14 Things Your Dentist Does During your Dental Examination

Monday, 13 June 2022
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Checks your skin on your face- Particularly the lower third of your face, between the nose and chin. This is the most common area for skin cancers. We check for unusual appearance of the skin. The dental light is very bright, and our magnified glasses allow us to detect changes, and refer you to your GP for further examination if needed. We might suggest a high SPF sunscreen for your face and/or a moisturizer for areas with sun damage to protect them from further changes.

Palpates your lymph nodes- Swelling of the lymph nodes in your neck and under your chin can be a sign of underlying systemic illness or infection.

Checks your Jaw Joints- Pain, discomfort, crunching sounds, and lateral movement when opening and closing the jaw joint are usually signs of Temporomandibular Joint Dysfunction.

Checks the soft tissues inside your mouth, including the tongue, floor of mouth, palate, and inside of the cheeks. Just like changes to your skin, changes in the appearance of your soft tissues can be an indicator of potential sinister changes in the tissue.

Ensures your dental X-rays are up to date. These are used by us to determine that there are no new areas of decay, no unerupted teeth, and to screen for abnormalities such as cysts and tumours. Unfortunately, most dental disease and dental pathology is only detectable by the patient when in its very advanced stages, so routine x-ray screenings can prevent a lot of complicated treatment from being needed.

Diagnoses areas of decay, gum disease, bone loss, erosion, wear, and abrasion. A visual clinical examination allows us to find these and plan to repair them, hopefully before they cause you trouble. At this time, we can give you a quote for treatment needed, and if you have private health cover, we can swipe your health fund card to see how much your fund will pay out on your upcoming treatment.

Checks for clenching and grinding habits. There are clues in your mouth that indicate you have been clenching or grinding your teeth. These allow your dentist to monitor, repair and prevent further damage to your teeth, soft tissues, and jaw joints.

Detects underlying systemic conditions. It’s a surprise to many people that often their dentist is the first person to notify them that things might be “not quite right” with their overall health. There are many signs in the mouth that indicate serious health conditions such as heavily bleeding pale gums, unusually pigmented gums, unusual erosion, and bad breath. Dentists are trained to screen for these and rule out dental causes before referring you to your medical practitioner for further investigation.

Considers systemic causes. Firstly, we start by regularly checking your medical history with you. There is a significant number of medications and health conditions that increase the risk and rate of tooth decay and gum problems. For our patients undergoing significant health situations, such as chemotherapy or radiotherapy, the dentist may suggest more frequent dental visits so that we may monitor things closely.  For example, dehydration of the mouth and body is one of the most common side effects of many medications and medical treatments. This often results in chalky white spots on the enamel which are more prone to decay,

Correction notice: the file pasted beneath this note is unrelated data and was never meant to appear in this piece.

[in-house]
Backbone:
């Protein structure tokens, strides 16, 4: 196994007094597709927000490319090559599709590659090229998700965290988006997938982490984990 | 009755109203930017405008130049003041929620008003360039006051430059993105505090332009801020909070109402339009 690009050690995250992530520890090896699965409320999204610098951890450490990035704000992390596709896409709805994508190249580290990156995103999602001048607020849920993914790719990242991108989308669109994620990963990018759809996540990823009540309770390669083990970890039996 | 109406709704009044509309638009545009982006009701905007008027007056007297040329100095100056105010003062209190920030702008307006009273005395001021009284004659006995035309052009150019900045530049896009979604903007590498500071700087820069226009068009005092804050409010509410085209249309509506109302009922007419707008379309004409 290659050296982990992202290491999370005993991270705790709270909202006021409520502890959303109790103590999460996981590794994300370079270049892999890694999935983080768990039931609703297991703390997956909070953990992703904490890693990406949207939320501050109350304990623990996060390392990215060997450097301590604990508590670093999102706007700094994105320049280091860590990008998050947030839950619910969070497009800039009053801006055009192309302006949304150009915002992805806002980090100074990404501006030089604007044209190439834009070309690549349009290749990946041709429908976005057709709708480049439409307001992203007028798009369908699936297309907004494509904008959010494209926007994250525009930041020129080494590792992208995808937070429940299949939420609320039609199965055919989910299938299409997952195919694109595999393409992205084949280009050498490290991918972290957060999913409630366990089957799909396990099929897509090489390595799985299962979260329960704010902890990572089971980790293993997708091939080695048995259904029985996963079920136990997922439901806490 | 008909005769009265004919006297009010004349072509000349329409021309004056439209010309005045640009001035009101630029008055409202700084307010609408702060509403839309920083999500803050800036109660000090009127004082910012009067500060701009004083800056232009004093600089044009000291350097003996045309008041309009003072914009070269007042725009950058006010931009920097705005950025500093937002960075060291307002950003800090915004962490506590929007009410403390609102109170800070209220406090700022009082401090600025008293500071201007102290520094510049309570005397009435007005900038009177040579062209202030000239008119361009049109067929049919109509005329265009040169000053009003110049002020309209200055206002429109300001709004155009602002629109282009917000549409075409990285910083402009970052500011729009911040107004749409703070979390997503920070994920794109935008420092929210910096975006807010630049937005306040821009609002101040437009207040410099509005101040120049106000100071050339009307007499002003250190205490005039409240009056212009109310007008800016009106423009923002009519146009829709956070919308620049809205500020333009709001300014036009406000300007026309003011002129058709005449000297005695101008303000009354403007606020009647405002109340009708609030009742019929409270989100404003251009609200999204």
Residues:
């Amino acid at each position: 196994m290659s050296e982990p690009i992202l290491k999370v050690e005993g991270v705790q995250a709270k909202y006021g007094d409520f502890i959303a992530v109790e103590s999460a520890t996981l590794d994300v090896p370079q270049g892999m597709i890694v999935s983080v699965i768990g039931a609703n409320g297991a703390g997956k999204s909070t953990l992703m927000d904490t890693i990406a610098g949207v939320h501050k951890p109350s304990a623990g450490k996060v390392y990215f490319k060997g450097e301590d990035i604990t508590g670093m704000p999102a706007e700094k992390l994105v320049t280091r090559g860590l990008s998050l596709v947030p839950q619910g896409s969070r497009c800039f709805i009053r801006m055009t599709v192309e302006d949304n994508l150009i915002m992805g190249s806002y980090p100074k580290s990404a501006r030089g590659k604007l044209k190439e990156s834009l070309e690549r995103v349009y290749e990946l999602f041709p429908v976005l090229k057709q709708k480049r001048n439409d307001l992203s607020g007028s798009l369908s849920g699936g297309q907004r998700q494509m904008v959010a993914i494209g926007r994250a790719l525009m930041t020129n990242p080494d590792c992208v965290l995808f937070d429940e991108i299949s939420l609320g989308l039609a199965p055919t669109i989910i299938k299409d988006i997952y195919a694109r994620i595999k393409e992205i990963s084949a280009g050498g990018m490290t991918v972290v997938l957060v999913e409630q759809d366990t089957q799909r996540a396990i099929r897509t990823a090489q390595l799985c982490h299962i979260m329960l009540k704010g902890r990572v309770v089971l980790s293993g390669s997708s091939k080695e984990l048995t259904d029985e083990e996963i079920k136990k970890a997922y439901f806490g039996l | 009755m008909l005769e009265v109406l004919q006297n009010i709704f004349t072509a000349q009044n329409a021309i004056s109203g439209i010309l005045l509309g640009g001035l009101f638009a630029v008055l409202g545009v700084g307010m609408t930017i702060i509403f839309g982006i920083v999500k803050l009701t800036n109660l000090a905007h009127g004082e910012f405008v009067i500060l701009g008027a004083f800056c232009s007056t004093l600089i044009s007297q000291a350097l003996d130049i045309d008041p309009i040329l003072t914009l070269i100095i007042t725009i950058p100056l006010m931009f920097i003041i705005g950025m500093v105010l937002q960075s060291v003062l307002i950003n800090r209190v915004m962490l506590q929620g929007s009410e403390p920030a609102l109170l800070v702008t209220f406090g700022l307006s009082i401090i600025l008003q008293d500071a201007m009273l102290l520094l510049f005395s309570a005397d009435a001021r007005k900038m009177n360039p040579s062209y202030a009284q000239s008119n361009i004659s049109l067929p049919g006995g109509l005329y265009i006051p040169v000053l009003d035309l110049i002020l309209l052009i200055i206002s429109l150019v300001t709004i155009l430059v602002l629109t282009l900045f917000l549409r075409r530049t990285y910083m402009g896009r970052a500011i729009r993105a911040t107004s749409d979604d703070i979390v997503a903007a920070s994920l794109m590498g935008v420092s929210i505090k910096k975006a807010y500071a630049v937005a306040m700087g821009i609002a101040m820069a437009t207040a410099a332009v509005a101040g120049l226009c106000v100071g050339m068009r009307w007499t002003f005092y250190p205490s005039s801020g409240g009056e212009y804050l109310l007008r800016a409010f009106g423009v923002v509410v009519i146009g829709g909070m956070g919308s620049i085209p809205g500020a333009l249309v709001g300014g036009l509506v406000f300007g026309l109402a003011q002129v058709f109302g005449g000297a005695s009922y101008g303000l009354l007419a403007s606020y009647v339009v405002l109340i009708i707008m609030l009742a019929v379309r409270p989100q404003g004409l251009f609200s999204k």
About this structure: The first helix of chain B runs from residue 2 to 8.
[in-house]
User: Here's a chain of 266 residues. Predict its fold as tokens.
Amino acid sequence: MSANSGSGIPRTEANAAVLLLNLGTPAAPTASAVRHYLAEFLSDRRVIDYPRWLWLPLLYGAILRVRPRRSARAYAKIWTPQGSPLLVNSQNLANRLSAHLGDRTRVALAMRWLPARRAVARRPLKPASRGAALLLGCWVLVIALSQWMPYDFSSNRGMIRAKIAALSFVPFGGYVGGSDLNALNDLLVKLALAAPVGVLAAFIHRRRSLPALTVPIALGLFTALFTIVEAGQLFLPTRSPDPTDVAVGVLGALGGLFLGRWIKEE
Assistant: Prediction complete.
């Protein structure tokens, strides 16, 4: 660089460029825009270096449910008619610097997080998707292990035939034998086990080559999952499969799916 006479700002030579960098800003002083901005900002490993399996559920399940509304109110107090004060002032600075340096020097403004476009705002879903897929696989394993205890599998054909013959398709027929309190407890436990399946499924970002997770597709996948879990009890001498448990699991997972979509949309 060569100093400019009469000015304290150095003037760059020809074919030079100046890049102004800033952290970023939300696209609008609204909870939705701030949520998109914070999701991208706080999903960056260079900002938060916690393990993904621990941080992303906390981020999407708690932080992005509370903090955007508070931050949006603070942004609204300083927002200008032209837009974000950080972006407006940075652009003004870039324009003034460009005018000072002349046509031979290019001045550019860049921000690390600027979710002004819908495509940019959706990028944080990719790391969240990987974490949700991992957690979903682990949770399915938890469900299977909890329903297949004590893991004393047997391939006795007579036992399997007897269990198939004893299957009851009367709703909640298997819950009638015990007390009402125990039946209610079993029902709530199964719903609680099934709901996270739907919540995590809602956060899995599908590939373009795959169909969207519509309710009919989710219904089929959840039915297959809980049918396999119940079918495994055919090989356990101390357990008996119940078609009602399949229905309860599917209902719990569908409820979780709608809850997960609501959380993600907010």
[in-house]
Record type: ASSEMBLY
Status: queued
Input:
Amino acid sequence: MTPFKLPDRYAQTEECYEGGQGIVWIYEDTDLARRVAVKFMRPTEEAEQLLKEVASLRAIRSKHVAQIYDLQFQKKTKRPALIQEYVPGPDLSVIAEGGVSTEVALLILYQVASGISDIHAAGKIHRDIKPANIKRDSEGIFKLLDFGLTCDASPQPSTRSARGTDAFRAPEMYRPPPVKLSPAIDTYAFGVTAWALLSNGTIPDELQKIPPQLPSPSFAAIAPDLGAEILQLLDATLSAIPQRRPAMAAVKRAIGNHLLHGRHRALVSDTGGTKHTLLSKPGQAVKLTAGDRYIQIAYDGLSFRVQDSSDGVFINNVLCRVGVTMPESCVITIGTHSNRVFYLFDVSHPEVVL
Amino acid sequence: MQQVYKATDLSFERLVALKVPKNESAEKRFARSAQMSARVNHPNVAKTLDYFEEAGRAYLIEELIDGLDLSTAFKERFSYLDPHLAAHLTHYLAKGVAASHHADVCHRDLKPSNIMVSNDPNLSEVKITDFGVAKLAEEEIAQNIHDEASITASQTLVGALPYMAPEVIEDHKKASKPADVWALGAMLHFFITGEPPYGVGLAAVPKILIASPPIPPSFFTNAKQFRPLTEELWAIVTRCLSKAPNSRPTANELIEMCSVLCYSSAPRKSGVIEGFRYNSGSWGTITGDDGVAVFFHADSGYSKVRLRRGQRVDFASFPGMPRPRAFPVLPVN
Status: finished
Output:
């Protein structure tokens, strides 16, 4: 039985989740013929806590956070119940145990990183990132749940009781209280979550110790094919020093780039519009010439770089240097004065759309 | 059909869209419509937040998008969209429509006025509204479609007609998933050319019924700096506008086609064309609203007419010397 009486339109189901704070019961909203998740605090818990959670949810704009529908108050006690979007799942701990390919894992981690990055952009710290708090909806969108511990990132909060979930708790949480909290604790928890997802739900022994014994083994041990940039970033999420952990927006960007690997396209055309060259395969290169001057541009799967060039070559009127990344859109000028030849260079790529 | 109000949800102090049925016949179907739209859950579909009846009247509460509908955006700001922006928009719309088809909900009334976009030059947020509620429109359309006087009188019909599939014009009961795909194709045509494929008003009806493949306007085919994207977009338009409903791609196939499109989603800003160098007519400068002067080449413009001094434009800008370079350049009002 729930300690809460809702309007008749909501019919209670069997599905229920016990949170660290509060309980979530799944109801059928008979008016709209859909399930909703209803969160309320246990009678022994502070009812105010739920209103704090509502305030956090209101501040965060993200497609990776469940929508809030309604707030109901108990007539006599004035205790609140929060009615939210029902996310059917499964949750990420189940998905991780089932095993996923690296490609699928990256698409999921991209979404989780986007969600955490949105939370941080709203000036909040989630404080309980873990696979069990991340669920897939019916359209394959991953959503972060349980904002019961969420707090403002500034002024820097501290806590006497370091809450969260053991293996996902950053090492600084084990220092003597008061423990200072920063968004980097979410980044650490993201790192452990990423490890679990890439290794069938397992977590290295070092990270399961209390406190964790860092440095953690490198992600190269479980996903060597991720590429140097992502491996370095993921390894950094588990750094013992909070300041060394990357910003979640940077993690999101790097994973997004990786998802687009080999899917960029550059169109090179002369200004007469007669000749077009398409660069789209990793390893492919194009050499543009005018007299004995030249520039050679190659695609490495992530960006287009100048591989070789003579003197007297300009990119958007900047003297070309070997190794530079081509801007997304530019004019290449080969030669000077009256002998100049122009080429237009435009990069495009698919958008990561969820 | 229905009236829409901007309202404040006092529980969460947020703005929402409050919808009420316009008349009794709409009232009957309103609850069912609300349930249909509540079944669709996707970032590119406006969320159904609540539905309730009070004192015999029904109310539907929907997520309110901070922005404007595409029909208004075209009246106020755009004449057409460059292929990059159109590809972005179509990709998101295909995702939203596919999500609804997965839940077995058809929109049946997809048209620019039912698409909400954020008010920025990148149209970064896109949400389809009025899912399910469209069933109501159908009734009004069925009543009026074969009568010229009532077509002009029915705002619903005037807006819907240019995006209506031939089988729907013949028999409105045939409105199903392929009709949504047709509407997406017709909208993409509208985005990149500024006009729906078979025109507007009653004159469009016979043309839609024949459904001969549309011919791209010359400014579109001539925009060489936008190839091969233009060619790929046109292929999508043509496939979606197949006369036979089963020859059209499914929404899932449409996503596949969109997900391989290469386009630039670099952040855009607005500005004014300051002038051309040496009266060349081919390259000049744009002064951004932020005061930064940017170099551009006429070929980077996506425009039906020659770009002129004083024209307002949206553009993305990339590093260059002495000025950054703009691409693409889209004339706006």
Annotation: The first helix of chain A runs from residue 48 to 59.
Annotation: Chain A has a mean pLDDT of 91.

Reviews your oral hygiene and dietary habits. Your dentist will make sure that you are using the optimum toothbrush, floss, and toothpaste in order for you to avoid future dental problems. Being sure to remove all plaque regularly is so important in preventing dental issues and your dentist will help you to select the best oral care tools for your mouth and will let you know of any spots that might need some extra attention.

Monitors for dental disease risk. Your dentist will consider your history of dental decay and wear, and gum problems and then they will plan how often they should see you for hygiene recalls. When considering your dental disease risk, they’ll suggest medicaments and additional dental aids to protect teeth and gums from decay, gum disease and wear.

Requests appropriate dental treatment to remedy dental concerns that have been detected. Our dentist decides on the order of such treatment in order of most urgent to least urgent. While doing this, the dentist will also itemize any codes required by your private health insurance. This allows us to do an instant quote for your health insurance after your examination so you can budget for each upcoming visit for dental treatment.

Refers to and liaises with other medical and dental professionals. Your dentist will refer you to any dental or medical professionals that they have determined you would benefit from seeing.

Maintains detailed notes- The dental charting, photos, X-Rays, and written notes enable our dentist to thoroughly compare the dentition at every examination appointment. This allows us to monitor and note any changes. Also, dental records are legally required to be accurate in the unfortunate event that a patient needs to be identified. Sadly, most dentists will have their records requested by the police or coroner several times in their career.